Lincoln American Tower is in the heart of downtown, overlooking one of the oldest parks in Memphis. It is hard to imagine that the ground floor of the historic building isn't occupied. But developers of the former location of the Yellow Rose Cafe are looking for a restaurant to lease the space, after a host of setbacks and snags.
Yorke Lawson, of Court Square Center, LLC, explains that the redevelopment project had secured a tenant for the restaurant space back in 2005. Court Square Center was created to develop mixed-use properties in the Lowenstein Building, Lincoln American Tower, and the Court Square Annex. Lawson says the company invested in sweeping renovations to both Lincoln American Tower's dining space upstairs and the immense kitchen space downstairs, installing new lighting, a new vent-a-hood, and a large dumbwaiter.
But a fire in 2006 (started by an ember from the First United Methodist Church fire a few blocks away) destroyed the Court Square Annex next door to Lincoln American Tower and delayed work on the restaurant. When the time came to sign the lease again, tough economic times had changed the prospective restaurant's business, and the offer fell through.
Now Lawson has what he calls "a sleeping giant": a space that, if placed in the right hands, could become a staple of downtown Memphis cuisine.
"The Majestic Grille, McEwen's, Felicia Suzanne, Bardog. Those are all successful downtown businesses," he says, highlighting the strong leadership behind them. "We need an experienced operator we can look down the road with."
Giant windows looking out on Main Street and Court Square, Tennessee pink marble floors, 18-foot ceilings, and the patio space along the perimeter of the building are the beginnings of a gastronomical institution.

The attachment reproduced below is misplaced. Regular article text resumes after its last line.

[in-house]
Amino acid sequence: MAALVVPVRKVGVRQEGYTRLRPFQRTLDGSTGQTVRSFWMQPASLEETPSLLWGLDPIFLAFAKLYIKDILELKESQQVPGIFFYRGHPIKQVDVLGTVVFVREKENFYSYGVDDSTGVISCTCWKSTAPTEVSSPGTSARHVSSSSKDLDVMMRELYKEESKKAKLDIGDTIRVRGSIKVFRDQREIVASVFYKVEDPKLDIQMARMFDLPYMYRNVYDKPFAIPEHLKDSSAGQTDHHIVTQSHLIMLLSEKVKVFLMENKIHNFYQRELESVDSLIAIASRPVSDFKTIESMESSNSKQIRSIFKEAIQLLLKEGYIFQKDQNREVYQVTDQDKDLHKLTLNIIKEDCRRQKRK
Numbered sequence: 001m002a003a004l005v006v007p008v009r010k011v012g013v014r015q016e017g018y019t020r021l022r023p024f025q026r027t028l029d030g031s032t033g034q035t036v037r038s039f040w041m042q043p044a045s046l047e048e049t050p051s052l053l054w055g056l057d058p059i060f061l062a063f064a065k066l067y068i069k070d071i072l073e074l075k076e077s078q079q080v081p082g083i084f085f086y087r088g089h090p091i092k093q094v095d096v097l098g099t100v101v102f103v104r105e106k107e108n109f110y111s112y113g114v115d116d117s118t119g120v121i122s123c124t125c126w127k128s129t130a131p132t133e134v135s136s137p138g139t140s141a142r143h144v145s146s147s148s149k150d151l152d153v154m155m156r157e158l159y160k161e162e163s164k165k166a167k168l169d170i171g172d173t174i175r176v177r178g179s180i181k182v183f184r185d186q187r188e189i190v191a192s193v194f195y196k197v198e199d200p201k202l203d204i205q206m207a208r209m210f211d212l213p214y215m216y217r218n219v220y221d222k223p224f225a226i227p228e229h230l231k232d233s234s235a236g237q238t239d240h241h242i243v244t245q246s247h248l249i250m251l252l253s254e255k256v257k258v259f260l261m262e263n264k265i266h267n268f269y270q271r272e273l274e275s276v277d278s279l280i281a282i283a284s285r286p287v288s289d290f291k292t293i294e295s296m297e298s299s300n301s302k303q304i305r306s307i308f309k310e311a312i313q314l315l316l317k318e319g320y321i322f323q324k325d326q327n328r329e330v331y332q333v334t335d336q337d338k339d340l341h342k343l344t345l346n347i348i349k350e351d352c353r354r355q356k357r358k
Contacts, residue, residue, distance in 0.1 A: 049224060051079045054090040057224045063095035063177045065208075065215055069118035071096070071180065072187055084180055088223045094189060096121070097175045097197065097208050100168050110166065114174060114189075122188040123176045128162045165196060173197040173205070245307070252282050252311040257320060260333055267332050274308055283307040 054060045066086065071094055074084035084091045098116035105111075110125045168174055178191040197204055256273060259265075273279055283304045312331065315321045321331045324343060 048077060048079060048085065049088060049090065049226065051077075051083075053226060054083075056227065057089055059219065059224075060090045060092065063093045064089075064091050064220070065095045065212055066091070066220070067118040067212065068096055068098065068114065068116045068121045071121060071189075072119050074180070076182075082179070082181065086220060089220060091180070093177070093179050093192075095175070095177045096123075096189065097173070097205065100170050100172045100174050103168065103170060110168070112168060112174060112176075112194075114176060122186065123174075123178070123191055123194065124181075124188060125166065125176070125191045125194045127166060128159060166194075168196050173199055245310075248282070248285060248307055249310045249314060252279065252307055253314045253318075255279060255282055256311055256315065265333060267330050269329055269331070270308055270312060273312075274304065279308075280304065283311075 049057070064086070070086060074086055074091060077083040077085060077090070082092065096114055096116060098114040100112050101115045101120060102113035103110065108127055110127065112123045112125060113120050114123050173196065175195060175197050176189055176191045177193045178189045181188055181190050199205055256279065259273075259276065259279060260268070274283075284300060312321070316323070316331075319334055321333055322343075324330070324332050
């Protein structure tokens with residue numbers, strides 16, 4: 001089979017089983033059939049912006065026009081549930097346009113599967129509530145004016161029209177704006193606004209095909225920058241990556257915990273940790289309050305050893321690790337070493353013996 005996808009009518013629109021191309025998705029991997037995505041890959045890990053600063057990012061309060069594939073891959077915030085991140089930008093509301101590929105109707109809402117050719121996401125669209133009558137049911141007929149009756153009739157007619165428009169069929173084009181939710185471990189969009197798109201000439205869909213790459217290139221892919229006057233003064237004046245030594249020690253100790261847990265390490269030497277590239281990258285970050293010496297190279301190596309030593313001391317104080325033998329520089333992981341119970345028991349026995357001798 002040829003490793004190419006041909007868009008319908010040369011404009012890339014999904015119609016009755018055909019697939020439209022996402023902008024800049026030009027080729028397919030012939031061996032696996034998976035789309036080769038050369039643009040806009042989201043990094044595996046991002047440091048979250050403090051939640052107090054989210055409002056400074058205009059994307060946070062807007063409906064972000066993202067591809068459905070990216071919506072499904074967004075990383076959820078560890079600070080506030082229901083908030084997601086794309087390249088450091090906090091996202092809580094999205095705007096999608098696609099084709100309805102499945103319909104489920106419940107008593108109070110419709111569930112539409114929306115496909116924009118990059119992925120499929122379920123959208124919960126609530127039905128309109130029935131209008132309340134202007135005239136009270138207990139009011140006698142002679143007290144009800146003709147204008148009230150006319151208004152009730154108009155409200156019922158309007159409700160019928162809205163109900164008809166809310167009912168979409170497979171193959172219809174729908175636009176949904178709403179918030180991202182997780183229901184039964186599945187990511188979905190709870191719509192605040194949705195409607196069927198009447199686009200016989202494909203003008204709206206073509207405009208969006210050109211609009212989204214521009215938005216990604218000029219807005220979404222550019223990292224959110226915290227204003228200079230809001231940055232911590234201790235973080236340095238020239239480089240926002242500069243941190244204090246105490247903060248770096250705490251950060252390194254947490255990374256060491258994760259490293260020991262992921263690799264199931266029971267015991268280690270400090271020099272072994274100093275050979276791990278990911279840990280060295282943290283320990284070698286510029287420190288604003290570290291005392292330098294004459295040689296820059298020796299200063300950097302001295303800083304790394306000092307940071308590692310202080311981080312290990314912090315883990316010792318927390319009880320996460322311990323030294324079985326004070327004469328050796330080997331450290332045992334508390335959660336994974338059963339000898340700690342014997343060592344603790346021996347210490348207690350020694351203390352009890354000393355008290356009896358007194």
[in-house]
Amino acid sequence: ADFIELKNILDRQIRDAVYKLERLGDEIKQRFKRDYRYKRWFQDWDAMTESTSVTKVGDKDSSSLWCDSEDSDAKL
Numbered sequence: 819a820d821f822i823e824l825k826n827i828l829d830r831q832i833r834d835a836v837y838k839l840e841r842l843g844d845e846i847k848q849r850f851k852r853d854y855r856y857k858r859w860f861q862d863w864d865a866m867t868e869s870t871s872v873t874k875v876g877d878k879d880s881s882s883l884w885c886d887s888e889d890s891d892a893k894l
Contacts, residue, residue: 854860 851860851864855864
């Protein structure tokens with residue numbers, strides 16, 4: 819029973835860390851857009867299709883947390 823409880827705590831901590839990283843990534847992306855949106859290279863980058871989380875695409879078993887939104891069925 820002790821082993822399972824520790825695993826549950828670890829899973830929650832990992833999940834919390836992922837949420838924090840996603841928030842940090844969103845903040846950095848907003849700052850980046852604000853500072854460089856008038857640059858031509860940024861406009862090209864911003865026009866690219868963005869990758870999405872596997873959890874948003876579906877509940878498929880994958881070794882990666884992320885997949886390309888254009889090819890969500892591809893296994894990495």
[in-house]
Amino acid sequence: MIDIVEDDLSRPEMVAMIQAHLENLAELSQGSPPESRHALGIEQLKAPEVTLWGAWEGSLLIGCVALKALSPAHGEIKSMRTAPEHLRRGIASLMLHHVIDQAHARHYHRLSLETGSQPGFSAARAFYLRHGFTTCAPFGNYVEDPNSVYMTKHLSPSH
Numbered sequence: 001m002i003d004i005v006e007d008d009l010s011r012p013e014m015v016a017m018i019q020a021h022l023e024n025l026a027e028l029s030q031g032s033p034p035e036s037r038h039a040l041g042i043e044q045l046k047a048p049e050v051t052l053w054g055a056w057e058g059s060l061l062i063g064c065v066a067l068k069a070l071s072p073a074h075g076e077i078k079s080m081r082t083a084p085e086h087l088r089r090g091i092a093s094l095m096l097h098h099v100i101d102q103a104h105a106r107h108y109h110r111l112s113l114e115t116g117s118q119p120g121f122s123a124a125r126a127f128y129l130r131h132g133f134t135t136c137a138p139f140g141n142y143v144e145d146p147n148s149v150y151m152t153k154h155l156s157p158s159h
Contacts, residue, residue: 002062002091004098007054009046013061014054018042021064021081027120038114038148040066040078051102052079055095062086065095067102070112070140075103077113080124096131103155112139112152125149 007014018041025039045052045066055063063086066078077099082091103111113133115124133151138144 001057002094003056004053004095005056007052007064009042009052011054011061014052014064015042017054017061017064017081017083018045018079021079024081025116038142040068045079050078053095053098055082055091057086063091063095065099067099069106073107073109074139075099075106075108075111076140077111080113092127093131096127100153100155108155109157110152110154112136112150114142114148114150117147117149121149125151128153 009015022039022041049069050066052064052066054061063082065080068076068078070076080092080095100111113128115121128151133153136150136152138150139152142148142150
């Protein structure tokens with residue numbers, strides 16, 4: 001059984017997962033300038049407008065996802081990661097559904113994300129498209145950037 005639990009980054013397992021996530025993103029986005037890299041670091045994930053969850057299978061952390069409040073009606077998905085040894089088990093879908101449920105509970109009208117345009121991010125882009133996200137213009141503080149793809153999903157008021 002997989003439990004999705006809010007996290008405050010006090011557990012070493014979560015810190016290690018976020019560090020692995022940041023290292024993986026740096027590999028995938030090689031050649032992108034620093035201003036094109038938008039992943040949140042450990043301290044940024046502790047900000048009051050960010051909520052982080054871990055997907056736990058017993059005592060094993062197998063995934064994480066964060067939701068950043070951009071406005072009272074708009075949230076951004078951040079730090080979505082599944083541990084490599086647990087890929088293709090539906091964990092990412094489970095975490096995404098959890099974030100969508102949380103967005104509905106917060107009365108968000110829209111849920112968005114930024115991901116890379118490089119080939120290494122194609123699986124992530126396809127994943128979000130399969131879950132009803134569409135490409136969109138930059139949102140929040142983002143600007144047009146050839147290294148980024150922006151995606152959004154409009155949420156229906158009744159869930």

But until those culinary delights start making the trip up and down the dumbwaiter, Lawson and his partners will be one restaurant away from a fully redeveloped Court Square.
Lincoln American Tower, 60 N. Main, courtsquarecenter.com
The South Main Historic Arts District can tack another restaurant onto its list of eateries: Rizzo's Diner has taken over the former location of Harry's Detour, after it closed earlier in the summer. (The Harry's Detour location on Cooper is still open.)
Rizzo is a nickname for Chef Michael Patrick, formerly of McEwen's on Monroe and Itta Bena, who says he decided to either open a restaurant of his own or leave Memphis for good.
He chose the former, but only after some serious kitchen soul-searching did Patrick decide to open a casual, upscale diner.
"I have a background in fine dining but a passion for comfort food," Patrick says. "Rizzo's has Southern elements in a diner style with my fine-dining take on things."
What does that look like on a plate?
Chorizo meatloaf with green tomato gravy and garlic mashed potatoes; scallops and grits with lemon beurre blanc and seasoned greens; Cajun chicken pot pie with andouille sausage and peppers in a pastry shell; and a daily entrée and soup special.
Patrick slyly mentioned an appetizer he was going to add to the menu before officially opening last Friday: the lobster Pronto Pup. We reported on this novelty back when Patrick was at EP Delta Kitchen & Bar on Beale, and the one-of-a-kind treat has made a comeback.
"I take lobster claw and lobster tail meat," Patrick says, "skewer it, and batter it in authentic Pronto Pup batter, although I add a little sugar to the recipe. Then I fry it and serve it with Zatarain's Creole mustard aioli."
Vegetarians and vegans shouldn't shy away, however. The menu includes a vegetable plate with black-eyed pea hummus, house-made Cajun ricotta, and green chili polenta.
Rizzo's is open for lunch ($6-$10) from 11 a.m. to 2 p.m., Tuesday through Friday, and dinner ($16-$21) from 5 to 10 p.m., Monday through Thursday, and 5 to 11 p.m., Friday and Saturday.
Rizzo's Diner, 106 G.E. Patterson (871-1984)